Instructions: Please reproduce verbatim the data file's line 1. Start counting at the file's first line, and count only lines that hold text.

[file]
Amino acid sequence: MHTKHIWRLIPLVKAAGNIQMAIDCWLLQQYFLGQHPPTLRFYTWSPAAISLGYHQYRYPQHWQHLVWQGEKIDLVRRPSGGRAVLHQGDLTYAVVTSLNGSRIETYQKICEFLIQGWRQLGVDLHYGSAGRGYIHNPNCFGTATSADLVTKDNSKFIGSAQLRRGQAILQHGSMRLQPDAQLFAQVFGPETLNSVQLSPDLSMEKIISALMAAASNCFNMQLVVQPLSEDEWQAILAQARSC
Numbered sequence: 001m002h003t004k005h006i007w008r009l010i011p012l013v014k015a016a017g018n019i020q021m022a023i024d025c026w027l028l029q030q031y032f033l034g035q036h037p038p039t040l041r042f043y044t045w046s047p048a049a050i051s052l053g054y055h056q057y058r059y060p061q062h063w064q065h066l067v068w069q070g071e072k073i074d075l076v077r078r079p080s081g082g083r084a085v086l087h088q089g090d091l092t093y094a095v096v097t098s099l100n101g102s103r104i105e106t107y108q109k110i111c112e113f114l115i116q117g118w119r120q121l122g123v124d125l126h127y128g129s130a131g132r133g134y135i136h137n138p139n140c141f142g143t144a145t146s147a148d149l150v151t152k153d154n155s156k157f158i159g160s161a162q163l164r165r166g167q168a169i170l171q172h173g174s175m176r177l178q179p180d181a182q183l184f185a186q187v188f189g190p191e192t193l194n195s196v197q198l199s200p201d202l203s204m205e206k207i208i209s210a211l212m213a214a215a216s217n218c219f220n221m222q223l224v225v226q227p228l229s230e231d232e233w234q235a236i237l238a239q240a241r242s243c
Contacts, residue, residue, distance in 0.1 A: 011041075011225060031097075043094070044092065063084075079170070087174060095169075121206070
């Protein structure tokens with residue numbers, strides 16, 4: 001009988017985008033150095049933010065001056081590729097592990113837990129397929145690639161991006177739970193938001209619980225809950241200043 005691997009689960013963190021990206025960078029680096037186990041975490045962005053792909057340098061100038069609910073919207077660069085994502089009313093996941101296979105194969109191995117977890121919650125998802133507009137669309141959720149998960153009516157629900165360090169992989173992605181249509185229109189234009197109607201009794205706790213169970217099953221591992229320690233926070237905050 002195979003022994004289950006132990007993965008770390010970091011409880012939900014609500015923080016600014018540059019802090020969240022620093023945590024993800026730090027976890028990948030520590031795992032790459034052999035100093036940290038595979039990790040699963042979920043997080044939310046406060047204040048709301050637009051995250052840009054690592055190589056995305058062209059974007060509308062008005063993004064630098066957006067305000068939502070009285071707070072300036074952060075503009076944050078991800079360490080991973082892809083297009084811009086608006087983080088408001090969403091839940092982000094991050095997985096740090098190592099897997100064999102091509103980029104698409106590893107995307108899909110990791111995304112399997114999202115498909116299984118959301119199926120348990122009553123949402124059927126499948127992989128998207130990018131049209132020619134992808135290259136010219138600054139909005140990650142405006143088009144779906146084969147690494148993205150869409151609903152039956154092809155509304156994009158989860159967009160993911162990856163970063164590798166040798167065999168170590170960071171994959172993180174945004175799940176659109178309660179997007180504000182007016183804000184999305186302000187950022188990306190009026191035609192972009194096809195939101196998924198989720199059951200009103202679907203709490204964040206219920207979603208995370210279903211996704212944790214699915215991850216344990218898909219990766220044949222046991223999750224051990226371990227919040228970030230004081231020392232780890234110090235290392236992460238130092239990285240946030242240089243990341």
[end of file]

Amino acid sequence: MHTKHIWRLIPLVKAAGNIQMAIDCWLLQQYFLGQHPPTLRFYTWSPAAISLGYHQYRYPQHWQHLVWQGEKIDLVRRPSGGRAVLHQGDLTYAVVTSLNGSRIETYQKICEFLIQGWRQLGVDLHYGSAGRGYIHNPNCFGTATSADLVTKDNSKFIGSAQLRRGQAILQHGSMRLQPDAQLFAQVFGPETLNSVQLSPDLSMEKIISALMAAASNCFNMQLVVQPLSEDEWQAILAQARSC